Despite being forewarned before the August 2017 meeting that we would have a sizable turnout to demonstrate against Trustee Brannigan’s statements, the Board of Trustees took no action to accommodate residents. They knew we were coming. A man stood alone across the street with a cardboard sign telling ISIS to get out.

They scheduled the third meeting for September 11th, no doubt to scare Arab and Muslim residents from attending. Yet, again, over a hundred residents showed up, but still no real attempt to accommodate them was made. Instead, the Board acquired a speaker that was hooked up outside to satisfy Illinois State regulations that all residents should be allowed to hear the meeting. After that meeting, at the urging of her political colleagues and superiors, Brannigan issued her first lackluster apology.

During the month of October, the Board rescheduled at least three meetings. They claimed to be working on finding a venue large enough to hold at least one hundred people. However, venues in the area refused their request once they found out about the political action against Trustee Brannigan. Ultimately, they held a secret meeting to approve their pensions. They scheduled a November meeting giving less than a week’s notice, and on the school district’s parent/teacher conference night, to ensure a low turnout. Yet, people showed up, and they were angry at the chicanery by the Palos Township Board.

At the November meeting, Sharon Brannigan issued another lame apology, explaining her reasoning for writing hateful comments about Arabs and Muslims, and placing blame on reader misinterpretation of her intentions. She further said she would like to sit down with our leaders, our imams. Her comments went from condescending and paternalistic to full blown ridiculous when she referred to Muslim women’s scarves as “hajeeb”.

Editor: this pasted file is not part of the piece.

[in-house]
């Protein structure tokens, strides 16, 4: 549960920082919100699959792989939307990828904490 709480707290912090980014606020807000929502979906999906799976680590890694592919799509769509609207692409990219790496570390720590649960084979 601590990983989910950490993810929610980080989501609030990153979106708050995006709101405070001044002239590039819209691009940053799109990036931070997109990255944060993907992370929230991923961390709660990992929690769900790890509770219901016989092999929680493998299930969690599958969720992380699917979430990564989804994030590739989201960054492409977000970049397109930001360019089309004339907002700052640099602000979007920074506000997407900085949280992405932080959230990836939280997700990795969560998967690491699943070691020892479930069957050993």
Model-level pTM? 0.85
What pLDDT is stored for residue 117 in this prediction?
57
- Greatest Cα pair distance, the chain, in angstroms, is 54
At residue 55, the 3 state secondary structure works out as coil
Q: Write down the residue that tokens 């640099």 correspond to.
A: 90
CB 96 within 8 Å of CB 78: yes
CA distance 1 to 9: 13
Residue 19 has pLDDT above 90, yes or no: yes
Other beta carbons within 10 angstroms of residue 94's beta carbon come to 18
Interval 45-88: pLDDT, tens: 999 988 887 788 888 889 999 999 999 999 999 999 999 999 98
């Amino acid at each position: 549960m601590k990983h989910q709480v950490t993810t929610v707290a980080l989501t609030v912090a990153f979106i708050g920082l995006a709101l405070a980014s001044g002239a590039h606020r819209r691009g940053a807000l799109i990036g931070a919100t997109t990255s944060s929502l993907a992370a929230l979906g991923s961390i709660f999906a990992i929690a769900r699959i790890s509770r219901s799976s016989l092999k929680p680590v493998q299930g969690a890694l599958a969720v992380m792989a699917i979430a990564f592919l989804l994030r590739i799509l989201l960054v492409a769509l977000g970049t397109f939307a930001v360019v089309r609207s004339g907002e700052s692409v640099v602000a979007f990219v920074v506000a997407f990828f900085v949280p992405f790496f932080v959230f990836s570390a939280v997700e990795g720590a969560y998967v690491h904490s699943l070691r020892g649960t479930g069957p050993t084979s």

Finally, at the December meeting, all things did come to a head. Residents no longer wanted Palos Township to operate in a “business as usual” manner. Immediately after the Pledge of Allegiance, residents began chanting “Hey Hey, Ho Ho, Sharon Brannigan has to go.” The voices boomed in the small space. A smattering of Brannigan supporters--primarily white, middle-class, elderly women--tried to show their support for her, but they were heavily outnumbered. One elderly woman called a young protester a “camel jockey” and then threatened her with a gun. When both parties were taken out by Palos Hills police, the cops failed to get the elderly woman’s name, despite her explicit threat. Likewise, another elderly Brannigan supporter slapped a protester. Palos Hills police failed to record that woman’s name as well.

As we move into a new year, Sharon Brannigan retains her seat, and residents still remain resolute that she must resign. On her Facebook page, she recently posted an article by a well-known Arab American writer who supports her, and all things Republican and conservative. She bemoans how this has been a long six months for her. One must question the fitness of a politician who uses hate speech to boost her popularity among racists, but laments the consequences.

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* Fatima Mansour, author of Ruination, earned her BA in Classics and English from Southern Illinois University, and her MA in English from DePaul University. She taught English for nearly a decade in the southwest suburbs of Chicago.

Comments (1)
  1. Rochelle Santos ... January 2nd, 2018 - 20:26

    Great article, Vicki. The doors of Trumpa mania are open wide in Chicago. But I always wonder when someone as inconsequential as Sharon Brannigan can be so embedded and protected in her position, who were her campaign financiers? It would be very interesting to follow the money in her case. I going to guess that there is some Zionist funding and that is why everything is so neatly tied up. Zios would not pay to get someone in without making sure that the person stays in to do what they intended them to do.